The Library's Role in Ensuring the Success of International Efforts on Campus
March 13, 2012
11 a.m. Pacific | 12:00 p.m. Mountain | 1:00 p.m. Central | 2:00 p.m. Eastern
Description: According to data in the Open Doors 2008 report, the number of international students studying on U.S. campuses is at an all-time high. Approximately 7% of U.S. college students are international students (national average), while on some campuses, as many as 22% of the total student body is international. These students bring with them special skills and insights, but they also present unique challenges for our educational systems. Libraries can play a critical role in connecting these foreign students, not only to our universities and colleges, but also to the information literacy skills they will need to succeed. Many students have not previously had librarians available to assist with their research. It is therefore critical that we clarify the role that libraries and librarians can play in their educational careers.
This webcast will explore the following questions:
- Who are our international students and what makes them unique learners?
- What are some of the best practices for Outreach, Orientation, and Information Literacy Instruction to all international students, and specifically to graduate students?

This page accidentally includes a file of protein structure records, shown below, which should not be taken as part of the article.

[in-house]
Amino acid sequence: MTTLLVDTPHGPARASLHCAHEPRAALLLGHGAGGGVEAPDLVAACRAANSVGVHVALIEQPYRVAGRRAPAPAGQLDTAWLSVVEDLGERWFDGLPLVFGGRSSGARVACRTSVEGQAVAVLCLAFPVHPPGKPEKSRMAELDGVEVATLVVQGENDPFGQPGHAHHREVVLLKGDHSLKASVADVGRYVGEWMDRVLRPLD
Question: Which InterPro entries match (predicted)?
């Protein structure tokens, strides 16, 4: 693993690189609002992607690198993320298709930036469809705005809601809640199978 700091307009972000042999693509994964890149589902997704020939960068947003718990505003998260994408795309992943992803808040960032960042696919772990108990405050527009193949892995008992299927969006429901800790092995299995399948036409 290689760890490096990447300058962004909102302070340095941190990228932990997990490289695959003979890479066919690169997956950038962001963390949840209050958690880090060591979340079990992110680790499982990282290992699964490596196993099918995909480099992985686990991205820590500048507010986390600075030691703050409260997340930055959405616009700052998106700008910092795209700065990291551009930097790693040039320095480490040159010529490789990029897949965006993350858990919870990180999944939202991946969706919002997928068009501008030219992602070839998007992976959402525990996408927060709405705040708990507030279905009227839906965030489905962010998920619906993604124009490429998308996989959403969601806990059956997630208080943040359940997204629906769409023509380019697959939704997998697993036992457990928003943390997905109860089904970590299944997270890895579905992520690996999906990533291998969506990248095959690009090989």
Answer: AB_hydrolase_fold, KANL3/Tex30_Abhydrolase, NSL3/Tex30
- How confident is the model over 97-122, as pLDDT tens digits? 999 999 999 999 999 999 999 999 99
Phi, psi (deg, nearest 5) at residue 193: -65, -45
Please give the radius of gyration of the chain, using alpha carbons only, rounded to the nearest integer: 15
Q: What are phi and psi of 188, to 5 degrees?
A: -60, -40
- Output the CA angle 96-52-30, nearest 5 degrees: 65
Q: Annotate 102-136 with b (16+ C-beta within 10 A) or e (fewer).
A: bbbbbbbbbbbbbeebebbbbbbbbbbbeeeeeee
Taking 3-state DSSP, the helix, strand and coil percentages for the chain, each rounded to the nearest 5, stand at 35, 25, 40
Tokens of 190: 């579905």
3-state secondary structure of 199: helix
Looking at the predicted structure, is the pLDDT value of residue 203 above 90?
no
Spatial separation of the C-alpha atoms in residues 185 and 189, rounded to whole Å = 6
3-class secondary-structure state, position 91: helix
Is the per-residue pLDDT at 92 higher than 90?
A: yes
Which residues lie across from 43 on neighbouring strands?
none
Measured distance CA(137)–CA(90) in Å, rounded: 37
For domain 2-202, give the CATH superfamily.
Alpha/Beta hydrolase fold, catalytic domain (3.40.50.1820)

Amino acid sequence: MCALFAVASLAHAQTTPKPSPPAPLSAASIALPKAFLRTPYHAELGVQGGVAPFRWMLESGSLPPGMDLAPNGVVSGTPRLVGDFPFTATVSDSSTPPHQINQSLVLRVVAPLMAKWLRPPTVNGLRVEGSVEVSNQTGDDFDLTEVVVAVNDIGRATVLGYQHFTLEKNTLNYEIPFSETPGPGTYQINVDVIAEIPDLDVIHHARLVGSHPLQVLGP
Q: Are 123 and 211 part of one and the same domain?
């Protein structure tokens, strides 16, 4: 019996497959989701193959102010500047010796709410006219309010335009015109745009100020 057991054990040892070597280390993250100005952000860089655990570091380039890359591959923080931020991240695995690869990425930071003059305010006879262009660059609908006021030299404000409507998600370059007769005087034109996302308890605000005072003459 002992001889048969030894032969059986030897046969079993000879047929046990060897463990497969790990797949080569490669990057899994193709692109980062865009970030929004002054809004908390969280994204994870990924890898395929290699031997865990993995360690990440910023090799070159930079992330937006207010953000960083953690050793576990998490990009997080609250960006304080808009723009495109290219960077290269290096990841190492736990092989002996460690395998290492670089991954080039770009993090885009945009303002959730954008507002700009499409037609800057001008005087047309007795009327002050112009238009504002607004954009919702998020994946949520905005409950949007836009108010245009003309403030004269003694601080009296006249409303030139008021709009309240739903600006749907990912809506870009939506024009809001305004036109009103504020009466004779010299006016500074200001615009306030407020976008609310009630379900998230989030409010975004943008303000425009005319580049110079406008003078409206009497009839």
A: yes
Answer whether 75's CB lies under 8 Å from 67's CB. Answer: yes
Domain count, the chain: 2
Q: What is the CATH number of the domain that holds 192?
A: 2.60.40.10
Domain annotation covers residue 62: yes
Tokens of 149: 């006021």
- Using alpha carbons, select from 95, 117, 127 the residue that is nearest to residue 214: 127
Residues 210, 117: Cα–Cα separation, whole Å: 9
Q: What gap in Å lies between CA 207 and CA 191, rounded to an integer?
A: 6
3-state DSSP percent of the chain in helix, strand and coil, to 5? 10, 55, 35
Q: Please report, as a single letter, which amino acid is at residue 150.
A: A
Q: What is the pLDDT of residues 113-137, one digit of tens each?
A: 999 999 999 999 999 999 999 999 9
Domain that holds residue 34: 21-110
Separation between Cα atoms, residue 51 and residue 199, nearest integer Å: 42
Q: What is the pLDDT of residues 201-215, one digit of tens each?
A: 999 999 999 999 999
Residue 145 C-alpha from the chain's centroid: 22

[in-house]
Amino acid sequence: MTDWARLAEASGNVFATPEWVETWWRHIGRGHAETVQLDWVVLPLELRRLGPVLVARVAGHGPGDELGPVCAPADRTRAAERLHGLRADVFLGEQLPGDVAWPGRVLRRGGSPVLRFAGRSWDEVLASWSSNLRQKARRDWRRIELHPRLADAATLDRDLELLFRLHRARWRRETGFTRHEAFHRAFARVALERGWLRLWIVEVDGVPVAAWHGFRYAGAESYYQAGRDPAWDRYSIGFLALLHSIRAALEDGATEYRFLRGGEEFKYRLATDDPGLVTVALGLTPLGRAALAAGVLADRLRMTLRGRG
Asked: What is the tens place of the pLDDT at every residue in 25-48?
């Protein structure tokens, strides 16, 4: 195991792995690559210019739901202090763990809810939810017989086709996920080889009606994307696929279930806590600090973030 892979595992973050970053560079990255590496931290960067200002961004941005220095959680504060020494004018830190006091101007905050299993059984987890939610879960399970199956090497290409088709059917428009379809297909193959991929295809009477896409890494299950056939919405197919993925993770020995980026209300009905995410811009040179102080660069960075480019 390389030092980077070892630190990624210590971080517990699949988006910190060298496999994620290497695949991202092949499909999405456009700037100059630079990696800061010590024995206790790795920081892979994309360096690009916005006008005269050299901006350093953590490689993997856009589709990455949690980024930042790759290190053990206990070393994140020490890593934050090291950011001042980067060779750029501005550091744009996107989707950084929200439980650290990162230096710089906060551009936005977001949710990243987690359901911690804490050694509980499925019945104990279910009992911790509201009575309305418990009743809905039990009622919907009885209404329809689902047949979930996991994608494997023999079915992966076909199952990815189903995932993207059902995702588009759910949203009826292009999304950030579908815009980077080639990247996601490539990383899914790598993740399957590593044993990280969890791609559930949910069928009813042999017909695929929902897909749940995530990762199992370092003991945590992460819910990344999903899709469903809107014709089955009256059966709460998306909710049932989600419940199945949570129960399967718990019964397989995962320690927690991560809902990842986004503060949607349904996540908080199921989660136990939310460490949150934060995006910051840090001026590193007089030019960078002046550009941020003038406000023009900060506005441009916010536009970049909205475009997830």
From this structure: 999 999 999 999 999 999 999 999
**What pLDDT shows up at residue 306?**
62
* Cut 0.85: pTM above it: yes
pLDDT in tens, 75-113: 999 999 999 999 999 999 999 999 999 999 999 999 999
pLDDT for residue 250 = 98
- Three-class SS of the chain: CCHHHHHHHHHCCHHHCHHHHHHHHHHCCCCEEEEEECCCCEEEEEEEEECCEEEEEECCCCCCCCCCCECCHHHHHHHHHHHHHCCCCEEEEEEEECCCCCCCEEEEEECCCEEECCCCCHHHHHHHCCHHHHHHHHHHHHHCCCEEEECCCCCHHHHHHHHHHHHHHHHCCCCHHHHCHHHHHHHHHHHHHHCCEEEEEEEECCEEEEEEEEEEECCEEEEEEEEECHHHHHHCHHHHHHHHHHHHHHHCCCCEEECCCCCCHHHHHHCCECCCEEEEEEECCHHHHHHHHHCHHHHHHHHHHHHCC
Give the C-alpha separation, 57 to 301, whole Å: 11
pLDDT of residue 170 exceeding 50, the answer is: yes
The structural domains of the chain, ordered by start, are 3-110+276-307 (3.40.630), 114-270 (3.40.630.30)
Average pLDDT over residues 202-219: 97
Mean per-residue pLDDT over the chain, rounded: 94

- What kinds of international activities are taking place on your campus, what campus units or groups work with international students, and how can libraries get involved?
- How can the library get international students themselves involved as partners in services, resources, and peer mentors?
- Recognize the complexities and additional requirements for conducting orientation, outreach, and information literacy instruction to international students studying in the U.S.
- Identify ways to collaborate with campus units and student groups who provide services and resources to international students.
- Define innovative ways to stimulate international student engagement with the academic library..
Presenters: Pam Jackson, Information Literacy Librarian, TV/Film/Theater Liaison, San Diego State University; Patrick Sullivan, Associate Librarian, San Diego State University
Technical Requirements: ACRL Webcasts are held in an Elluminate virtual classroom. Speakers or a headset for listening to the presentation are required. It is recommended that you also use a microphone to ask questions/make comments. If you do not have or do not wish to use a microphone, you may ask questions through text-based chat.
If you'd like to perform the Elluminate tech check on your computer, please go to: www.learningtimes.net/techcheckell.html.
You will be prompted to download a java-based application (Elluminate) before being able to enter the classroom. Elluminate works on both PC and Macintosh platforms. The minimum PC requirements are a Pentium II 266 Mhz with 64MB of memory and a sound card. The minimum Mac requirements are a G3 233 Mhz with 64MB of memory when using OS 9.0 - 9.2 or 128MB of memory when using OS X.
ACRL member: $50
ALA member: $75
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